An Oscar-winning film producer and a pair of Griffith University film alumni are the driving force behind scholarships for the next generation of screen talent.
Aspiring wildlife cinematographer Alfred Beales will get the opportunity to hone his craft alongside the country’s top camera crews after winning the Australian Broadcasting Corporation (ABC) John Bean ACS Memorial Scholarship.
International film student Matthew Foo has received the Lord David Puttnam Scholarship for Producers, which will allow him to learn from the best and take advantage of international industry opportunities.
Meanwhile the Kieran Ricketts Scholarship in Film and Screen Media, awarded to a promising first-year undergraduate student, has been bestowed upon Adelaide Lapere.
A fitting tribute
The ABC John Bean ACS Memorial Scholarship for Cinematography was established in memory of Griffith University alumnus and ABC cameraman John Bean, who died in a helicopter accident in 2011.
The scholarship is offered through a partnership between the ABC and GFS to enhance the local industry and help the next generation of cinematographers find new and exciting ways of telling stories through film.
It includes an intensive six-week internship with the ABC and is designed to support the ongoing study of a talented postgraduate cinematography student.
Recipient Alfred Beales said the scholarship would help further develop his technical skills and establish a network of industry mentors.
“This not only funds half of my Masters, but I get a chance to intern with a camera crew on ABC News, which is fantastic,” he said.
“It’s great that the ABC is keen to nurture the next generation of filmmakers and I know that John would come to GFS and mentor students, so it’s a great way to honour that legacy.”
“Going to film school is more than just technical skills, a lot of your success is down to the connections you make,” he said.
“At GFS, we’re lucky to have lecturers who are plugged into the industry and can help us get a headstart.”
Oscar-winner nurtures the next generation of filmmakers
Malaysian filmmaker Matthew Foo received the Lord David Puttnam Scholarship for Producers.
Oscar-winning producer Lord David Puttnam CBE has a long-standing relationship with GFS. He regularly visits the school to deliver lectures and masterclasses on everything from movies and money, the use of sound and music and the evolving role of the author and producer.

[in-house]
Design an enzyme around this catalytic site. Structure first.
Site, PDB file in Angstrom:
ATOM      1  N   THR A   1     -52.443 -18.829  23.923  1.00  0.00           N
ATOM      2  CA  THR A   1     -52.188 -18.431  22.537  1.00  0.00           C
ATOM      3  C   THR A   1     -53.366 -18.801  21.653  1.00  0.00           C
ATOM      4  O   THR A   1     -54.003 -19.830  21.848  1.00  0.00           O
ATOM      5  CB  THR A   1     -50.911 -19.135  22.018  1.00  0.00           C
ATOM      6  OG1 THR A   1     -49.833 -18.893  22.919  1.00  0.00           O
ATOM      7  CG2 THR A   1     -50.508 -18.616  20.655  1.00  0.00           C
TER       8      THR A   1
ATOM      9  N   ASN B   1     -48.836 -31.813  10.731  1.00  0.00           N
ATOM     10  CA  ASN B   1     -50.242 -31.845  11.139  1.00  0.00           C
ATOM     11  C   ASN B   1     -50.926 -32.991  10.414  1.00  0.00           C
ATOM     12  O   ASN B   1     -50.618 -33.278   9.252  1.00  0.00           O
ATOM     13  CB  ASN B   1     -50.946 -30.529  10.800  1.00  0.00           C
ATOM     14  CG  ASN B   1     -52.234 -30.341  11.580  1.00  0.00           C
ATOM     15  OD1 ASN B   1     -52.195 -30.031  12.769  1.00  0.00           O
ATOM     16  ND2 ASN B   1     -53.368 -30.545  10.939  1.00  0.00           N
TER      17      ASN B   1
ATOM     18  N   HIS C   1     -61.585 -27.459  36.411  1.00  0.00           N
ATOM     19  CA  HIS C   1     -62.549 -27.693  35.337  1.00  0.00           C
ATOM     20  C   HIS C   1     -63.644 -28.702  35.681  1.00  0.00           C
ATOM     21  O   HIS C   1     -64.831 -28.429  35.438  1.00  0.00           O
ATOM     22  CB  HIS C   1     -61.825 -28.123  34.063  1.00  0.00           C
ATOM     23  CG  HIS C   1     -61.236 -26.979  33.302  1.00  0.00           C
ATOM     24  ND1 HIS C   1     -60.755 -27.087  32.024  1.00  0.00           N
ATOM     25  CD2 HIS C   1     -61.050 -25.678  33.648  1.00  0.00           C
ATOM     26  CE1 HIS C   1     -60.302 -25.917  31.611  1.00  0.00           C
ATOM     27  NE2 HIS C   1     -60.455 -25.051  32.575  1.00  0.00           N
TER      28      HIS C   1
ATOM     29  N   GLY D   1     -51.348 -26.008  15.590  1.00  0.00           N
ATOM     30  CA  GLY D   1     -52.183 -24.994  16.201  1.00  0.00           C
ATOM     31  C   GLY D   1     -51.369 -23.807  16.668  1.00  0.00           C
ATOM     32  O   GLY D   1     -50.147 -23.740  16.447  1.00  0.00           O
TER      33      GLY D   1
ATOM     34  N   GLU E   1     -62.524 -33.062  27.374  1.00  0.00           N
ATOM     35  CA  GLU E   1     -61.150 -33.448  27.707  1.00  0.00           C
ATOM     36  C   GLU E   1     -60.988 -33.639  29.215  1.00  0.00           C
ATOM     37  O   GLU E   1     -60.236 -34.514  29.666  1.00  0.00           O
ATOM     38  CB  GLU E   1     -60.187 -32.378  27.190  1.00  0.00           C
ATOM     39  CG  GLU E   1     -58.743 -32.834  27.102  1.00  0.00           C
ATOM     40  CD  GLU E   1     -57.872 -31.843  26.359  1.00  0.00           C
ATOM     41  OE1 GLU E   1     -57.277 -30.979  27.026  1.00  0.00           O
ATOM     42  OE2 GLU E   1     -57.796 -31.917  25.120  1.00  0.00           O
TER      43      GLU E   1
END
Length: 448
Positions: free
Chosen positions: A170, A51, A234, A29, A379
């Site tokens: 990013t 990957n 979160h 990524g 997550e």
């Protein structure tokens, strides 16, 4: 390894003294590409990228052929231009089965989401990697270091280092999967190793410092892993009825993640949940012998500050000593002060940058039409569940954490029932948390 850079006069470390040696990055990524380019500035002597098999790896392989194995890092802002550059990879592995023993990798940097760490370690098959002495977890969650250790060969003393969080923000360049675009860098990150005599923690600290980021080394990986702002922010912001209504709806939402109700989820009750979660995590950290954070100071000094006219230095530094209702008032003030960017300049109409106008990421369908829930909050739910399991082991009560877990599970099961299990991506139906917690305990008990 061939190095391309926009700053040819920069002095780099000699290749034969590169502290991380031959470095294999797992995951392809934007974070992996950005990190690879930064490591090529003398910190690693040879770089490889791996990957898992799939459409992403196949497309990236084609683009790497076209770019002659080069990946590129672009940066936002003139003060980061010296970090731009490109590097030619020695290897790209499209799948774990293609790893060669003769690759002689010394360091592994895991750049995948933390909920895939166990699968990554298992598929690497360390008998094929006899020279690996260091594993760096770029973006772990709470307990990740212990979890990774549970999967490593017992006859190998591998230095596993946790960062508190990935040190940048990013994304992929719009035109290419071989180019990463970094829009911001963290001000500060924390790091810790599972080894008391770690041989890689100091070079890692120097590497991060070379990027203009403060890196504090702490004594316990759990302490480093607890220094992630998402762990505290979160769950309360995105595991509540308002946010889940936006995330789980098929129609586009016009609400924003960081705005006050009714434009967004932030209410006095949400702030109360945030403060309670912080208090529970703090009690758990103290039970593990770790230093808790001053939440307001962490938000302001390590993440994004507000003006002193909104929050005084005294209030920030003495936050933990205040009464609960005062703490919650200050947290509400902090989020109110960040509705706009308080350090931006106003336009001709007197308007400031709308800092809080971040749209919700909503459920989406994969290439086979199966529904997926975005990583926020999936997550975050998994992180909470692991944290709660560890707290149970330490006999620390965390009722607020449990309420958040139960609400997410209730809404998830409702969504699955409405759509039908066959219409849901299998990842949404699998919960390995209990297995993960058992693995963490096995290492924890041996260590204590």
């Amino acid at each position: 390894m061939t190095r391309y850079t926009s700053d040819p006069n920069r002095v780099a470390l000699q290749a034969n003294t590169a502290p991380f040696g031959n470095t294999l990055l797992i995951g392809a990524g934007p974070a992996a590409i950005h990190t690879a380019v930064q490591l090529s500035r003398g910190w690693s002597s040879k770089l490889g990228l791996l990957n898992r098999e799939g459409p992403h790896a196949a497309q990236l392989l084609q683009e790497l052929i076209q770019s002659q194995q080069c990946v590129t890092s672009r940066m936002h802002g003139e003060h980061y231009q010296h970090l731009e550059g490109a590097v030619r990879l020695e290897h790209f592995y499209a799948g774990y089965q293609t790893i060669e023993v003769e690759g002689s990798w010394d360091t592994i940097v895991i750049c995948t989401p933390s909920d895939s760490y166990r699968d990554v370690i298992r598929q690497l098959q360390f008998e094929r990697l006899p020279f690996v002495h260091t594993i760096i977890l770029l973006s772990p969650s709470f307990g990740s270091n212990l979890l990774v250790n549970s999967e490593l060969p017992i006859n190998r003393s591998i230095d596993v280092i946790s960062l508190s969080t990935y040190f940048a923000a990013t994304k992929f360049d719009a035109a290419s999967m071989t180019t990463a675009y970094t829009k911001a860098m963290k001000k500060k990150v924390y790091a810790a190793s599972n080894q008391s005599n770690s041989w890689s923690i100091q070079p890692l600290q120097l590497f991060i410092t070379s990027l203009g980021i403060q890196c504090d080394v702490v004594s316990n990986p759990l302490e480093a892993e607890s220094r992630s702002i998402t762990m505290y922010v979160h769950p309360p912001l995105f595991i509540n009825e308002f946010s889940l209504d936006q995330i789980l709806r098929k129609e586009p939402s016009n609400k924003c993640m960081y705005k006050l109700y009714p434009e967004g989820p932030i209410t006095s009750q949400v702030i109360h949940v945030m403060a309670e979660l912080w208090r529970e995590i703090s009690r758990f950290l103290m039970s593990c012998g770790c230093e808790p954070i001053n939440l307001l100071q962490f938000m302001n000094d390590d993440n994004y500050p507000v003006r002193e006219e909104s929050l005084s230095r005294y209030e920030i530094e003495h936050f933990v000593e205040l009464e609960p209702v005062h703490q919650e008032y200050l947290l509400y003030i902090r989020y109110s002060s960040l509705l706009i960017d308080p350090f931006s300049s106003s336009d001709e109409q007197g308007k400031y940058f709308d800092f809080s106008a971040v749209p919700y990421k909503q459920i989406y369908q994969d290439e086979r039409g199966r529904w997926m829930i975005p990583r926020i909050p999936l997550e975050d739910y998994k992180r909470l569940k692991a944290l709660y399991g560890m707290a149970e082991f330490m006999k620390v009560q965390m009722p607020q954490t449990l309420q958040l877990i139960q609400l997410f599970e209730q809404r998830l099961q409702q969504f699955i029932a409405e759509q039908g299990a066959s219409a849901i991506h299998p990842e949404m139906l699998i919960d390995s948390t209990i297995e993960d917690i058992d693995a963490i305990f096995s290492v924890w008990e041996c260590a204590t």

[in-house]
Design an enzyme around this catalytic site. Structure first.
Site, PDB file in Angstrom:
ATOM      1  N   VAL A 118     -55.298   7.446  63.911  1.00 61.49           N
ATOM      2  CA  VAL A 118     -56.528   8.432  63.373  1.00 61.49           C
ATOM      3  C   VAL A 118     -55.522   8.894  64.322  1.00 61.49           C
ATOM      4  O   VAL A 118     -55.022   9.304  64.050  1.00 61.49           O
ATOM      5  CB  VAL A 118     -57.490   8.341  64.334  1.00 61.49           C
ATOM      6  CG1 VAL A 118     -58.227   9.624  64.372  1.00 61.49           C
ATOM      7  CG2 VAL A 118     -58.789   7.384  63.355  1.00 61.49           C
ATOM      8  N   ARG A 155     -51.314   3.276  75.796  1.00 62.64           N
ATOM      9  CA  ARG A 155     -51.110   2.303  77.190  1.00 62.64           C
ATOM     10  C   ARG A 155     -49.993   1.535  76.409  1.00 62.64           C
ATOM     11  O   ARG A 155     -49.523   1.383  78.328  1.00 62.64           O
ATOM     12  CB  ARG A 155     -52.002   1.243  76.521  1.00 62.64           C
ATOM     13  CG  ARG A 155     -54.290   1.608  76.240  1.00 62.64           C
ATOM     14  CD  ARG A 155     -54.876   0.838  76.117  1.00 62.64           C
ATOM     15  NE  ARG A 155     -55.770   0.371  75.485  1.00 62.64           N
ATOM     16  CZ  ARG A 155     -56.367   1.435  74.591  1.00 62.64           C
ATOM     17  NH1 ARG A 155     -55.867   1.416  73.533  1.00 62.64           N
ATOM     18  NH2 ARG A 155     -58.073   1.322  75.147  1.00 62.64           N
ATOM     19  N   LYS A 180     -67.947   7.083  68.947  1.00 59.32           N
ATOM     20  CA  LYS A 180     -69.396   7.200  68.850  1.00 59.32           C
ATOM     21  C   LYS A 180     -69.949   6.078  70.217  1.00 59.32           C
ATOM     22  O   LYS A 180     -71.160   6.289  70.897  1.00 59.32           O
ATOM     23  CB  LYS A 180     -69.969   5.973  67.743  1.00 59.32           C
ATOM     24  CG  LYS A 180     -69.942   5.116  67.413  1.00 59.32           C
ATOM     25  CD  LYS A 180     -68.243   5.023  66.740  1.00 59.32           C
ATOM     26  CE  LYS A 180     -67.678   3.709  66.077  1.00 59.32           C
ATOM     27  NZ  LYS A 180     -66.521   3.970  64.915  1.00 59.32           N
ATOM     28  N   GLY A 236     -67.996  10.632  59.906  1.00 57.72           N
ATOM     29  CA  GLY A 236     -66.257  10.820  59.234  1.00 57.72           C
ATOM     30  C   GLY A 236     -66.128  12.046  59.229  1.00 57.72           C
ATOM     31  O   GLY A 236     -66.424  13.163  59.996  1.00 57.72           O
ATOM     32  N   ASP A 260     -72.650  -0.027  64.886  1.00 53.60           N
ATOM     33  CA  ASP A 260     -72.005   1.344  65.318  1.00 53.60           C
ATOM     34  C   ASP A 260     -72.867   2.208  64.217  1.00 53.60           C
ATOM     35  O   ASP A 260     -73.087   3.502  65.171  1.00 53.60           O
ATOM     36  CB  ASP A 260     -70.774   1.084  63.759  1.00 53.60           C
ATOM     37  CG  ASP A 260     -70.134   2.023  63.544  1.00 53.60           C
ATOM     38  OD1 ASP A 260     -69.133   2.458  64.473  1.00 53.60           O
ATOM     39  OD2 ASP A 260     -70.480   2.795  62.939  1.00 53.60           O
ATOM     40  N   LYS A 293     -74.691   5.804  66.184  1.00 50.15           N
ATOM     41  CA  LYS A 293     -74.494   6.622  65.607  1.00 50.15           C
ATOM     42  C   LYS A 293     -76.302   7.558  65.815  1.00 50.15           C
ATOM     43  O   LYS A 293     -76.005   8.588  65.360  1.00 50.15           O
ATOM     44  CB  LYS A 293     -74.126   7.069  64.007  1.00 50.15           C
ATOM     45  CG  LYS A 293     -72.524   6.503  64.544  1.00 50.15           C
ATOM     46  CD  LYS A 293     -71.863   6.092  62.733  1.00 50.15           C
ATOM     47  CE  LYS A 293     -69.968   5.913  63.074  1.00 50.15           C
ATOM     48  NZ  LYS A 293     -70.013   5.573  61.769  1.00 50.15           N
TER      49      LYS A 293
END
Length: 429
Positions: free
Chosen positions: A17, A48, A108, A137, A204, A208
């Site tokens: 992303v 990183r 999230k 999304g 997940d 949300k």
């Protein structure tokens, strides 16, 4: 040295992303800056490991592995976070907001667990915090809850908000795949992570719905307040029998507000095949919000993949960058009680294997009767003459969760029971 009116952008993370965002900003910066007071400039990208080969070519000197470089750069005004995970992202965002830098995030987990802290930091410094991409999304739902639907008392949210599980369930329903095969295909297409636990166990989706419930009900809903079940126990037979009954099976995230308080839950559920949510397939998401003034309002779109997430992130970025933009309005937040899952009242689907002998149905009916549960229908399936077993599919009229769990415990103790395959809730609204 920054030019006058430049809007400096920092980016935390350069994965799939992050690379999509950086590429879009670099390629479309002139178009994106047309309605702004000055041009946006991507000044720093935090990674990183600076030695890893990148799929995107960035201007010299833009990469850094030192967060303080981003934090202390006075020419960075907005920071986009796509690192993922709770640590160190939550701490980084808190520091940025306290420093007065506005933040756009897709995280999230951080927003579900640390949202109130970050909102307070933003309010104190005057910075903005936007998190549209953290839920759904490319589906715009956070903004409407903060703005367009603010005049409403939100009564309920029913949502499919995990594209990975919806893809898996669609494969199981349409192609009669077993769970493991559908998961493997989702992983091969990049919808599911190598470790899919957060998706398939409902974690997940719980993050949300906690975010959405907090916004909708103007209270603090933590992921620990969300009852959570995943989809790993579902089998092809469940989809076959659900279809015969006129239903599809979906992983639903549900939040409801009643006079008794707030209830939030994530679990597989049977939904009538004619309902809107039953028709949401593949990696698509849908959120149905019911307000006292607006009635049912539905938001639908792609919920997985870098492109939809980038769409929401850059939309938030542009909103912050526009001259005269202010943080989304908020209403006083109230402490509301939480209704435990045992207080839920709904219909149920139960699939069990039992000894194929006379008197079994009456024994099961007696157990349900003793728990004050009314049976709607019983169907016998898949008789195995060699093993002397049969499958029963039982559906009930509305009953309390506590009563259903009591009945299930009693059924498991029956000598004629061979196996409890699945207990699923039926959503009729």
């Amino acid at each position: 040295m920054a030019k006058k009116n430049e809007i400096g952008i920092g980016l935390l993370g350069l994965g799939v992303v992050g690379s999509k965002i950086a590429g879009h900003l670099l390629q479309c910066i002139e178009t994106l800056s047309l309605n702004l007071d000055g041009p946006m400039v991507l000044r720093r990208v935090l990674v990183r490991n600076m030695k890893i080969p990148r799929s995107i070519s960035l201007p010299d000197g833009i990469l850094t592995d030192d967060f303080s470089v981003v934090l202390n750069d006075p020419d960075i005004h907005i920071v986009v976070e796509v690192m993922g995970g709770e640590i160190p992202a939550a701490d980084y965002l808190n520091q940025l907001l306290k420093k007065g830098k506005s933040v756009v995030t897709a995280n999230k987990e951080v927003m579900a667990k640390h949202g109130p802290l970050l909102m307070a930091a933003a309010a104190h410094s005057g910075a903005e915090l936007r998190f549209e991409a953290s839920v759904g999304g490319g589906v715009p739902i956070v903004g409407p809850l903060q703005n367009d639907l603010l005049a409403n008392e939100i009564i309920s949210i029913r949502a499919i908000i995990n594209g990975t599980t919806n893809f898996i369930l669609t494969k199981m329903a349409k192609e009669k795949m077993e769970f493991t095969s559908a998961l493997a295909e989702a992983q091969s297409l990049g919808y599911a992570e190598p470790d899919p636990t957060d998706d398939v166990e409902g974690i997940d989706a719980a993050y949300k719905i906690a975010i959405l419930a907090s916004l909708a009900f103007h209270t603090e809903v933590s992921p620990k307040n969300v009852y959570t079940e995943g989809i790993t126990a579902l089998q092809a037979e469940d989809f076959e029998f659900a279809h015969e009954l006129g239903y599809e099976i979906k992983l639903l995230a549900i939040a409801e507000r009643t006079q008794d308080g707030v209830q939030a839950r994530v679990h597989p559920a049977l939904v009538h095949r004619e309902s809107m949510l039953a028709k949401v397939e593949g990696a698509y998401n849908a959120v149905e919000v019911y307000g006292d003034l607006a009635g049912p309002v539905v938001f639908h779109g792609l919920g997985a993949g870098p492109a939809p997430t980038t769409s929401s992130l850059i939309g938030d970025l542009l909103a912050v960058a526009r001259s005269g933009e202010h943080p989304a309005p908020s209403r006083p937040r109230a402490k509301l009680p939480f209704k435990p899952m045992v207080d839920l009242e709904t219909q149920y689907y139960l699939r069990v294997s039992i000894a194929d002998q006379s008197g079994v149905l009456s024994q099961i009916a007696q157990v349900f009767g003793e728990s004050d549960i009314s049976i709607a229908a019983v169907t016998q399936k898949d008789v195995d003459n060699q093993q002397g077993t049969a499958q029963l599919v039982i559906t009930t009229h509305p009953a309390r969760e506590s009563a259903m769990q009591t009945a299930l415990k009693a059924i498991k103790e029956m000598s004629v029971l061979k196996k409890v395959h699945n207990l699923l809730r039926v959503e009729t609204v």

Matthew said the scholarship would enable him to undertake further study, and pursue his dream of revolutionising film funding.
“As part of the Masters degree, I’m looking at how we can fund filmmakers using non-fungible tokens (NFTs) and developing a multi-camera sitcom,” he said.
“Studying at GFS means you have so many resources at your disposal — from the camera gear to the soundstages and new virtual film technology.”
Matthew said he would like to emulate the career of producers like Lord Puttnam.
“I think producers have the opportunity to oversee all of the different departments on a film — from pre- production to the shoot, post-production and marketing.”
Continuing a legacy of socially conscious storytelling
Adelaide Lapere received the Kieran Ricketts Scholarship in Film and Screen Media, which honours the late GFS alumnus who carved out a career at the ABC as a Producer on projects including Q&A, Hungry Beast and ABC News 24.
Adelaide, who originally hails from Rockhampton, said the scholarship would allow her the freedom to focus on her studies while embracing industry opportunities.
“It’s so exciting and a bit overwhelming. I immediately called Mum and Dad back in Rocky to let them know and my whole family was over the moon,” she said.
“This scholarship offers financial support the whole way through my degree, which will allow me to prioritize my university work and gives me the chance to put my hand up for opportunities and create a good portfolio.”
“I want to be able to do the best work I can and continue Kieran’s legacy. He had a passion for giving a voice to the voiceless, which is a big driver for me too,” she said.
“I have a lot of ideas about kind of the Australian stories I want to tell — the stories of regional communities or marginalized communities that don’t get told so much.”
The scholarships have been made possible by generous donors who want to impact the lives of emerging creatives. Find out more about making a difference here.